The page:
Is Telephone Advice Enough for legal services?
Here is another research article from the UK about how tech-based legal services perform in delivering Access to Justice.
The article, “Just a Phone Call Away: Is Telephone Advice Enough?”, comes from Nigel Balmer, Marisol Smith, Catrina Denvir and Ash Patel. It is from 2012.
Here is the abstract:
Over the last two decades the public sector has embraced new modes of service delivery, with a shift away from traditional face-to-face provision towards Internet and telephone based advice and information. While telephone provision has played an increasingly significant role in overall provision of legal advice in recent years, there has been limited empirical research which compares telephone to face-to-face services.
Utilising administrative data from the Legal Services Commission (LSC) on legal aid services for housing problems, this paper explores the similarities and differences between the two delivery modes. We examine the client groups and matter types which tend toward particular channels of advice, the relationship between mode of advice and the outcome of cases for clients and the relationship between mode of advice and advice time.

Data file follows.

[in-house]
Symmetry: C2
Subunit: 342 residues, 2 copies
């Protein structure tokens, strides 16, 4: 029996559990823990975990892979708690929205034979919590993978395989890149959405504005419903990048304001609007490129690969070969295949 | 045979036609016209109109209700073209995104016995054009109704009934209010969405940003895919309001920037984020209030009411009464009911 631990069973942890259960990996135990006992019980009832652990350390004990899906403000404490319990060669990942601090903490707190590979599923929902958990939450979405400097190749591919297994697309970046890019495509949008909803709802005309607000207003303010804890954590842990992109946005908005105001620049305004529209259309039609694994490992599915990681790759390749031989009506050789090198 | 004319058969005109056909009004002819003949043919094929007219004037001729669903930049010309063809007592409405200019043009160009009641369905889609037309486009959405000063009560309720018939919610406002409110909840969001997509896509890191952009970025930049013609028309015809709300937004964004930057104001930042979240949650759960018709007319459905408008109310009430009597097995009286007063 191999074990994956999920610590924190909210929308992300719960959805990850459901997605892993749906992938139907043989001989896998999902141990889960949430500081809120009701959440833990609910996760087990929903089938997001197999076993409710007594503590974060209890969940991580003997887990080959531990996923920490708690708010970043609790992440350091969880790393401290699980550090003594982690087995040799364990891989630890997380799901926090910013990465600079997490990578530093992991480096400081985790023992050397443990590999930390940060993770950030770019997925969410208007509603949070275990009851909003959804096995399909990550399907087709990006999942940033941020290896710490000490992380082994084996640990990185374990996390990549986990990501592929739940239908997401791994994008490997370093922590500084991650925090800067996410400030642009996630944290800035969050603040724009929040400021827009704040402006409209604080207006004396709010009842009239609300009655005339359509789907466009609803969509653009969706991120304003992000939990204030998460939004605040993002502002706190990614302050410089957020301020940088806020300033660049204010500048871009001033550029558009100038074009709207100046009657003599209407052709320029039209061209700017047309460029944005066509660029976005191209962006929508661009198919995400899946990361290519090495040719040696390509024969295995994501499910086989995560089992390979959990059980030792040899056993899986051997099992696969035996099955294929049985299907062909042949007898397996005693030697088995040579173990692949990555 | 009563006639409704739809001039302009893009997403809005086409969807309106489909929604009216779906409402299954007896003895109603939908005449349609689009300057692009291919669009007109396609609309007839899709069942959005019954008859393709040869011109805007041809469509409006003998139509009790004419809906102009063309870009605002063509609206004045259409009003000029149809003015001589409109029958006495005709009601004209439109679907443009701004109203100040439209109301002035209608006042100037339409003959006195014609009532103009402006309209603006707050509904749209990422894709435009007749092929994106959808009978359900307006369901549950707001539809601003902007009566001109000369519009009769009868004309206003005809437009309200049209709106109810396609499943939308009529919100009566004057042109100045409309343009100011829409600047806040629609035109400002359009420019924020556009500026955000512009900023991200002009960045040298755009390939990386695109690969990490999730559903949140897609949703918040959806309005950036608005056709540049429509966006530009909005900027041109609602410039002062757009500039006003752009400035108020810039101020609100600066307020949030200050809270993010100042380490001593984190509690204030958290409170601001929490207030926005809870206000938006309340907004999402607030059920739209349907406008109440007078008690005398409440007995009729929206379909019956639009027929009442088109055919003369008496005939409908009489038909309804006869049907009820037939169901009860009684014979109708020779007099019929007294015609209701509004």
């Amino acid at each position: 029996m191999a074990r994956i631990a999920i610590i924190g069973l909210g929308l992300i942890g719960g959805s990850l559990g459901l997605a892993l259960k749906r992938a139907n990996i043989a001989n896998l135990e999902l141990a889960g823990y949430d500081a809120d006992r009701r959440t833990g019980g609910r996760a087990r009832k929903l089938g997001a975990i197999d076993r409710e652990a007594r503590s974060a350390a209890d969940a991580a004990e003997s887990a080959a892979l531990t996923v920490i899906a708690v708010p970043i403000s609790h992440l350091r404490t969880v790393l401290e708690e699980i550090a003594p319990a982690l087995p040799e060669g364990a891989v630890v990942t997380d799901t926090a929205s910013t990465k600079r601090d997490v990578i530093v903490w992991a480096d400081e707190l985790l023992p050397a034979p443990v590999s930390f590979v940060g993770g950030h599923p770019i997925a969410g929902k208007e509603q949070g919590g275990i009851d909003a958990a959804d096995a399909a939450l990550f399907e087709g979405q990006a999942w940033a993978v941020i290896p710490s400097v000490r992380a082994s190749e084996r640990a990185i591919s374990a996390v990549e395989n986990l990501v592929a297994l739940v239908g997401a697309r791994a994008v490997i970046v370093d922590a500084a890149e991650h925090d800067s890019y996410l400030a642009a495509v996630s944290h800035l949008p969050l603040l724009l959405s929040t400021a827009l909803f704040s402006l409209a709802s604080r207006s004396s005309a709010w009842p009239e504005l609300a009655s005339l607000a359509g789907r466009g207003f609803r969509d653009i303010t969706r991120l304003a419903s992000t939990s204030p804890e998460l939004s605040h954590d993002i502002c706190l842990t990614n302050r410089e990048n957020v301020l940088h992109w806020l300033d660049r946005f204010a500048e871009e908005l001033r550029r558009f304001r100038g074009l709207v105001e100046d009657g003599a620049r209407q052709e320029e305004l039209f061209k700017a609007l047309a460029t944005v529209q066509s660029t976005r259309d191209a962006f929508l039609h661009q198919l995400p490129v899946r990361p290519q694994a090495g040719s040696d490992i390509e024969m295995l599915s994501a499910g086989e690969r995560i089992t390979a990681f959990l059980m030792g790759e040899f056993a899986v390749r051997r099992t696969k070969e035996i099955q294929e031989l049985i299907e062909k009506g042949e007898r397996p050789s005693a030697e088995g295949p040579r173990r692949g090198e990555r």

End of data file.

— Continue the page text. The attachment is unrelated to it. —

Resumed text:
We find that there are significant differences in mode of advice among clients with particular demographic characteristics, with clients under the age of 18 and clients living with an illness or disability more likely to use face-to-face services.
Our findings also suggest differences among the types of problems being addressed by telephone based services. On the surface there are small differences between modes of advice and the proportion of cases which lead to a substantive benefit outcome. However, once we disaggregate the data and investigate specific outcomes, there are pronounced differences in the outcomes achieved.
Having controlled for key variables such as client demographics, case type and particularly stage reached, we find that telephone advice takes, on average, 14 minutes longer than face-to-face advice (compared to an hour less when examining the raw data). The implications of these findings for the future development of telephone based services in light of current policy in legal services are discussed.